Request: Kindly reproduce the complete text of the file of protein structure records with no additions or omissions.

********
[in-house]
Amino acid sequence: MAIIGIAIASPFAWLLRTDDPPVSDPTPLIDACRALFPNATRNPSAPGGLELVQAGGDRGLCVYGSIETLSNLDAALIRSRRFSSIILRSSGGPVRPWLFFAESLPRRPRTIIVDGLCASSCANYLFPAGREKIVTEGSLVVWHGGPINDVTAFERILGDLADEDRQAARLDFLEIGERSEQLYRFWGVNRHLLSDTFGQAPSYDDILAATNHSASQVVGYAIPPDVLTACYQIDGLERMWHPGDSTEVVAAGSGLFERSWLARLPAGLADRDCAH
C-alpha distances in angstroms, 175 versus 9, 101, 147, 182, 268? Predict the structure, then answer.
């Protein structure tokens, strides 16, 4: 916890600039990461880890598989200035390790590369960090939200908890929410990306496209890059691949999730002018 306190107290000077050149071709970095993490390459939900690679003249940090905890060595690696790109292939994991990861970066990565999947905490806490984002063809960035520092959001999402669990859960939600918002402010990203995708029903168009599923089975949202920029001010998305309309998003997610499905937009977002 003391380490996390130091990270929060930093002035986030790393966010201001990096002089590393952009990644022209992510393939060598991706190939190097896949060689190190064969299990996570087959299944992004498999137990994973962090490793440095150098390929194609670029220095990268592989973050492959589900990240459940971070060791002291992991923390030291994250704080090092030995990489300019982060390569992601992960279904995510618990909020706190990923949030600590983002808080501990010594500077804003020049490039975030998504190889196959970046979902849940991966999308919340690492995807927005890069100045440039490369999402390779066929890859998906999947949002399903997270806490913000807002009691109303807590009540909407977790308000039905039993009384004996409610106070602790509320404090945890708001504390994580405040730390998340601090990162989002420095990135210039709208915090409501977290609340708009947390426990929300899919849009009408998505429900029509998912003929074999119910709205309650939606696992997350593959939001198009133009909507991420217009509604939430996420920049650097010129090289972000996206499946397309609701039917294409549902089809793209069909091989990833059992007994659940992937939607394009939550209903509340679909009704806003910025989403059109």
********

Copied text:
[in-house]
Amino acid sequence: MAIIGIAIASPFAWLLRTDDPPVSDPTPLIDACRALFPNATRNPSAPGGLELVQAGGDRGLCVYGSIETLSNLDAALIRSRRFSSIILRSSGGPVRPWLFFAESLPRRPRTIIVDGLCASSCANYLFPAGREKIVTEGSLVVWHGGPINDVTAFERILGDLADEDRQAARLDFLEIGERSEQLYRFWGVNRHLLSDTFGQAPSYDDILAATNHSASQVVGYAIPPDVLTACYQIDGLERMWHPGDSTEVVAAGSGLFERSWLARLPAGLADRDCAH
C-alpha distances in angstroms, 175 versus 9, 101, 147, 182, 268? Predict the structure, then answer.
């Protein structure tokens, strides 16, 4: 916890600039990461880890598989200035390790590369960090939200908890929410990306496209890059691949999730002018 306190107290000077050149071709970095993490390459939900690679003249940090905890060595690696790109292939994991990861970066990565999947905490806490984002063809960035520092959001999402669990859960939600918002402010990203995708029903168009599923089975949202920029001010998305309309998003997610499905937009977002 003391380490996390130091990270929060930093002035986030790393966010201001990096002089590393952009990644022209992510393939060598991706190939190097896949060689190190064969299990996570087959299944992004498999137990994973962090490793440095150098390929194609670029220095990268592989973050492959589900990240459940971070060791002291992991923390030291994250704080090092030995990489300019982060390569992601992960279904995510618990909020706190990923949030600590983002808080501990010594500077804003020049490039975030998504190889196959970046979902849940991966999308919340690492995807927005890069100045440039490369999402390779066929890859998906999947949002399903997270806490913000807002009691109303807590009540909407977790308000039905039993009384004996409610106070602790509320404090945890708001504390994580405040730390998340601090990162989002420095990135210039709208915090409501977290609340708009947390426990929300899919849009009408998505429900029509998912003929074999119910709205309650939606696992997350593959939001198009133009909507991420217009509604939430996420920049650097010129090289972000996206499946397309609701039917294409549902089809793209069909091989990833059992007994659940992937939607394009939550209903509340679909009704806003910025989403059109």